HEROES: Robin Newland

HEROES: Robin Newland

GEN V

HEROES: Robin Newland

The Downtown design prodigy turned art aficionado unveils her latest creations

The Downtown design prodigy turned art aficionado unveils her latest creations

Photography: Michael Halsband

Styling: Emma Oleck

Text: Czar Van Gaal

This feature appears in V137, now available for purchase

Serving as the embodiment of the term "unsung hero," costume designer and experimental artist Robin Newland has always done her best work from behind the curtain. Spending the late '80s honing her craft while working under design titan Patricia Field, rubbing elbows with the likes of Keith Haring & Andy Warhol, and sitting for portraits by iconic photographer Robert Mapplethorpe, Newland's artistry has been fueled by the eccentric characters that orbit around her world. And while over the past two decades she's kept a low profile remaining the industry's best kept secret, the art aficionado is ready to step into the spotlight with a new perspective—a doll's perspective. Gearing up for her forthcoming debut solo exhibition (A Doll's Perspective), Newland reconnects with mentor Patricia Field to reflect on her design roots and the next chapter of her artistry.

Read the exclusive interview below! 

Robin wears dress Gucci, Hat Esenshel, Jewelry David Yurman

Patricia Field: It’s been so many years and we are still connected but this all started a long time ago. What was it? The ‘80s or ‘90s?

Robin Newland: It was the ‘80s. I walked in o  the street into your boutique and you gave me my first job. I remember I had on a pair of cutoff shorts from a thrift shop. It was actually stylist, Michael Patterson, who orchestrated the entire thing. He brought me down to your boutique, and said “Pat is going to love you, she’ll give you a job.” And of course, I went in, you were a little busy as usual…not much has changed (Laughs) but I waited. I remember saying “I need a job” and you said, “When can you start?” At the time, I could only work weekends because I was still in high school but it worked out perfectly because you needed someone to work the makeup counter on Saturdays & Sundays. And the rest was history!

PF: The rest was history! I cannot believe that you were still in high school.

RN: After that day, all of a sudden I was immersed in your whole world of feathers, pink polka dots, and stripes. I became a part of your family of punk rock people running around in Stephen Sprouse (Laughs). Us being connected was what led me to costume design and styling. From the time that I lived with you while going to Parsons, to you connecting me with Barbara Dente for my first assisting job…all of these things have been instrumental in my career. It’s why I’m able to create the art I do today. I think one major lesson I learned through years of watching you was to be true to yourself and dance to the beat of your own drum.

PF: Thank you, Robin. And you know I always say, “As long as I had a positive influence on you, I’m happy.” And if there was a space in this industry for me, I wanted to make sure you had that space as well.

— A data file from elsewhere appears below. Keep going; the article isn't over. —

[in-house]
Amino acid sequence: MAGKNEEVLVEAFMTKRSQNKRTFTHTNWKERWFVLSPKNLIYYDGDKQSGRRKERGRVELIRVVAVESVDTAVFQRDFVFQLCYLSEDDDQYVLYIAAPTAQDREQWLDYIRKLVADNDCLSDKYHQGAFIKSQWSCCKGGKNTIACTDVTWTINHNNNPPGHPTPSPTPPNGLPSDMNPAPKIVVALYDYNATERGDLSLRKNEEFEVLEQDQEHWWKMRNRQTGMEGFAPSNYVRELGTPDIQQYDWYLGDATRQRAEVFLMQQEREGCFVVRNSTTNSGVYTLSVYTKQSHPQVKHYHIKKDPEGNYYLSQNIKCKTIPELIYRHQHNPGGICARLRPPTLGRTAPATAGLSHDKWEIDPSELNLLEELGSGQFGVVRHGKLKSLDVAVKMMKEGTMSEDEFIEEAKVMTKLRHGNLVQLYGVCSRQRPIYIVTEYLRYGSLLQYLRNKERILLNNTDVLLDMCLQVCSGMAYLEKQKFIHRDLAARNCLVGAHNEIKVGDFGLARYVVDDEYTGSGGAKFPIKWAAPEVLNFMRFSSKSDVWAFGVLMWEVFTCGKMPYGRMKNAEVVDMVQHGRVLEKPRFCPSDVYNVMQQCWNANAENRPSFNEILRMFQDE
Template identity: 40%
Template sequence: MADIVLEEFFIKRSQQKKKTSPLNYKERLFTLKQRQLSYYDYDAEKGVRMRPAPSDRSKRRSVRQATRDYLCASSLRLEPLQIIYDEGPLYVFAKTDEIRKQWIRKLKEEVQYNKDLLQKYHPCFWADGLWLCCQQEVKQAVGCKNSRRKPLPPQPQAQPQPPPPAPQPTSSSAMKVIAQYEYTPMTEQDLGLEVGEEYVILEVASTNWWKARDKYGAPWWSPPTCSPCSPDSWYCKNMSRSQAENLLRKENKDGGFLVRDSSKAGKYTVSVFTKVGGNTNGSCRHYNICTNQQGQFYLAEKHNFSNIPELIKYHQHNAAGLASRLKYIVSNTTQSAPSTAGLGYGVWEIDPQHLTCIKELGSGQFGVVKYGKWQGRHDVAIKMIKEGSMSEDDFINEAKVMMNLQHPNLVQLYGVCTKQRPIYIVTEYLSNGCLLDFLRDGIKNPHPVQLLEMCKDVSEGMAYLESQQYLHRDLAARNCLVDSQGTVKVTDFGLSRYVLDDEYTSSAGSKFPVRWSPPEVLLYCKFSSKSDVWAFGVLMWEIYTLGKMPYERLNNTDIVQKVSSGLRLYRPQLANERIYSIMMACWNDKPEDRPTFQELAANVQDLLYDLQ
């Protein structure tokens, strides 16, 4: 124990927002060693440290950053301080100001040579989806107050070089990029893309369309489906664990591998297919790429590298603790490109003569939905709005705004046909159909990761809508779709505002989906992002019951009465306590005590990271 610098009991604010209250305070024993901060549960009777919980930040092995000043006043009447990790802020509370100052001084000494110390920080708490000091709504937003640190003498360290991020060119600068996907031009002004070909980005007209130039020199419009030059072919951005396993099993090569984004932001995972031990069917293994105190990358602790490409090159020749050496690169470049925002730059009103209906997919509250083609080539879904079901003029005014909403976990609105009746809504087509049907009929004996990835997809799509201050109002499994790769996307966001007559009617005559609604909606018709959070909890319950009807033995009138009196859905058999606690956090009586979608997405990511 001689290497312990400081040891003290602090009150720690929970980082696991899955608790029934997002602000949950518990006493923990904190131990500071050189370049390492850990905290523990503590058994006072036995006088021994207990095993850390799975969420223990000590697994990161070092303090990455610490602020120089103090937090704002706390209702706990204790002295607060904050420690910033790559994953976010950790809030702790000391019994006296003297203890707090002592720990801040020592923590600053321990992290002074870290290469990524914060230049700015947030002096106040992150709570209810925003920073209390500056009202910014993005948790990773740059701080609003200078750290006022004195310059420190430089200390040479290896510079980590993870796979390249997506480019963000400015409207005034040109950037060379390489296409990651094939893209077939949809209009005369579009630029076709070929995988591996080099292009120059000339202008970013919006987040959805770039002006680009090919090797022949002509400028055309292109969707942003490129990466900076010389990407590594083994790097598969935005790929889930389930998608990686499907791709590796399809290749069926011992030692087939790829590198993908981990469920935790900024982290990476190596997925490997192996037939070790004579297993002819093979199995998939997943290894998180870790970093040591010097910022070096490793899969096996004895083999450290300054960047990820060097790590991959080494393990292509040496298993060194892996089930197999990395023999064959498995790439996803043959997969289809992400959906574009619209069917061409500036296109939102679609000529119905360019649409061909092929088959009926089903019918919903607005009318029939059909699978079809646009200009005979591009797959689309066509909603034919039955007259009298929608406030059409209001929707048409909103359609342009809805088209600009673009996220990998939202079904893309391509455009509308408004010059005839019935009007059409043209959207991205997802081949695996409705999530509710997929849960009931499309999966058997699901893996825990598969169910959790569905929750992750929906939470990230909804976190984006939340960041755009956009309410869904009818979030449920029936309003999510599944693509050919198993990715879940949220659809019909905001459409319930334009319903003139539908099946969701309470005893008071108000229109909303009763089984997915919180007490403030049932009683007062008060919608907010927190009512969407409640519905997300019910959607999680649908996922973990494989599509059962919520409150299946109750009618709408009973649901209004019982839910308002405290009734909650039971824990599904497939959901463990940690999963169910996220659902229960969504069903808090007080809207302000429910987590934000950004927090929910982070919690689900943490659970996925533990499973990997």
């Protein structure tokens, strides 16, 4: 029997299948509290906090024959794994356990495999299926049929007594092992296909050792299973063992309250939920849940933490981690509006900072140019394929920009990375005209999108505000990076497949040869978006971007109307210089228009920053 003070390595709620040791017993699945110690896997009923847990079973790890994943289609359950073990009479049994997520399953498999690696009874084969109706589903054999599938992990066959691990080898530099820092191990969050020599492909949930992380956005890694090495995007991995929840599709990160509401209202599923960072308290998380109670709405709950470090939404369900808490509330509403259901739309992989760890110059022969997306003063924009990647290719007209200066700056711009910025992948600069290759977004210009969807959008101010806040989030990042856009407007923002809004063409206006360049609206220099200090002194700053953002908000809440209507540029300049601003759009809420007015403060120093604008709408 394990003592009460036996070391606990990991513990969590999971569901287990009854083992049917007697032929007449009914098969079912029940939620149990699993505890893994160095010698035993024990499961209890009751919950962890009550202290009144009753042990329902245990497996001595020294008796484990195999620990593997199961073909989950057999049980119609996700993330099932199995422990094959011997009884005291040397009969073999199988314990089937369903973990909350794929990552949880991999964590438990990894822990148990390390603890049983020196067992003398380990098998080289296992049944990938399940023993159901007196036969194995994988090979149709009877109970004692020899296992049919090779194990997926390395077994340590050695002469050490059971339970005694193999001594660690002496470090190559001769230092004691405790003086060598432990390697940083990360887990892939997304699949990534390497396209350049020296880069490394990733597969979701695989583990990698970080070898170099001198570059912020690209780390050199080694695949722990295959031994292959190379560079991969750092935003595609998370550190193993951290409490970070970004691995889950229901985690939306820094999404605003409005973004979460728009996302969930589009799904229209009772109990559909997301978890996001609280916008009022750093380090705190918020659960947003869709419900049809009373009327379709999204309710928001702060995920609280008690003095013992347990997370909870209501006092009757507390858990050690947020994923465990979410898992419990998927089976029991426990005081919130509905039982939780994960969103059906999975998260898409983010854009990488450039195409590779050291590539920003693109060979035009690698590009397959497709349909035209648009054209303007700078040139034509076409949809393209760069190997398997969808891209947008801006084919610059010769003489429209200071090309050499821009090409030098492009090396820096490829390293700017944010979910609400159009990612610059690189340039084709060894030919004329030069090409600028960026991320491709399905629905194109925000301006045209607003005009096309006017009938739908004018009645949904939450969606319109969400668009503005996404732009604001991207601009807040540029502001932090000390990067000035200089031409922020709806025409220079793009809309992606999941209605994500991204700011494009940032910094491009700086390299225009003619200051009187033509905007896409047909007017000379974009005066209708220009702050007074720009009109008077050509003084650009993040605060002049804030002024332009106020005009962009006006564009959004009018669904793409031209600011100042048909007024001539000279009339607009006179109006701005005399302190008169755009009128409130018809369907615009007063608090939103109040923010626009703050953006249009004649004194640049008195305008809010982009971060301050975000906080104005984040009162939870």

Robin wears dress Gucci, Jewelry David Yurman

RN: That definitely trickled down into everything you did, not just for me. Whether it was supporting David Dalrymple by carrying him in your boutique or buying all the fabric for Andre Walker’s fashion show that I walked in. The work that we all do to this day is rooted in the experiences we had working with you.

PF: And fast-forward to now you are about to have your first solo show?

RN: Yes! My first solo exhibition show is titled, A Doll's Perspective opens at Village Works Gallery this July. I will be unveiling a new piece; Shenanigans.

PF: What inspired the piece? And what would you say has lead you to this Art Form

RN: Shenanigans was inspired by my many summers on Cherry Grove, Fire Island. In this particular photograph, each doll is an expression of total freedom and being comfortable with their sexuality. I find that a lot of my work is inspired by [inhibited] artists like Tom of Finland and George Quaintance.

PF: How did you get more into art coming from a background in fashion? 

RN: I have to say it’s actually the other way around. I started styling and creating characters with my dolls at a young change. As I got older the stories and themes surrounding the dolls of course changed, and [aged] with me. So costume designing and styling came naturally for me because I always had my dolls to fall back on and creating my doll world gives me total creative freedom. It gives me the space to tell stories, that I want to tell, and how I want to tell them! 

In the ‘80s my second internship was at Art et Industrie, a gallery in SoHo. I worked under the founder, Rick Kaufman. He had a philosophy of mixing art forms like sculpting, architecture, painting, and created functional yet radical furniture. This philosophy has stayed with me throughout my career and this perspective has allowed me to integrate my studies of interior design with being a costume designer and stylist…all leading to this art form.

A Doll's Perspective opens at Village Works Gallery (90 E 3rd St Suite B, New York, NY 10003) on July 21, 2022.

Credits:

Makeup Lanier Long

Hair Davey Matthew

Production: Gary Robinson (The Constellation Artists)

Special Thanks: Ruth Brooks / Klavdja Roc / Amanda Wheen

Featured artwork “Shenanigans” by Robin Newland (dolls photographed from the Robin NEWLAND Doll Collection, Mattel Turquoise 1957 Bel Air convertible doll car custom painted by Kenny Scharf)

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